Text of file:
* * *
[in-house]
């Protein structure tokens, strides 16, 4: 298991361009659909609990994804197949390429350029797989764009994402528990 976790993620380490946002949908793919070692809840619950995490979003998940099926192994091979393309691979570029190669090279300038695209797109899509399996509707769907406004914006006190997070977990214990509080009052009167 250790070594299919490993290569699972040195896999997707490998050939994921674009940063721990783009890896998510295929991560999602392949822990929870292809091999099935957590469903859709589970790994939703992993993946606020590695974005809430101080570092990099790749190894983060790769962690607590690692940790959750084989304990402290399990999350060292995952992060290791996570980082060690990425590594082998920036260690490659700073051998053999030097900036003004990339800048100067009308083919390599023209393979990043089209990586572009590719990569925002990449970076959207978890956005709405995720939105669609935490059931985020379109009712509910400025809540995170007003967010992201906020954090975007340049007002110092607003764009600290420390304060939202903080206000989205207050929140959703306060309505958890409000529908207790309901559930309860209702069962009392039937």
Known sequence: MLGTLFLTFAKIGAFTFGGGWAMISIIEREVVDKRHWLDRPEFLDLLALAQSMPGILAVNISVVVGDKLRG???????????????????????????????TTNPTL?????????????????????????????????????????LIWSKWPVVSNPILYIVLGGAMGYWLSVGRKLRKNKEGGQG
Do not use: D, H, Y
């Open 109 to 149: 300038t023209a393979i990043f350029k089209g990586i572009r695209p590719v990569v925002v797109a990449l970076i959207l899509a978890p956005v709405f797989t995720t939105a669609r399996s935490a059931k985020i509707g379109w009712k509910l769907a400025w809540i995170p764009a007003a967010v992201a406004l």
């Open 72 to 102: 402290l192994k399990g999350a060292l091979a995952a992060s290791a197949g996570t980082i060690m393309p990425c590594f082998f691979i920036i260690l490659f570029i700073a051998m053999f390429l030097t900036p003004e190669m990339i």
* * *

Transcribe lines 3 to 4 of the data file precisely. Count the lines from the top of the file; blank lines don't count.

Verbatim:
Known sequence: MLGTLFLTFAKIGAFTFGGGWAMISIIEREVVDKRHWLDRPEFLDLLALAQSMPGILAVNISVVVGDKLRG???????????????????????????????TTNPTL?????????????????????????????????????????LIWSKWPVVSNPILYIVLGGAMGYWLSVGRKLRKNKEGGQG
Do not use: D, H, Y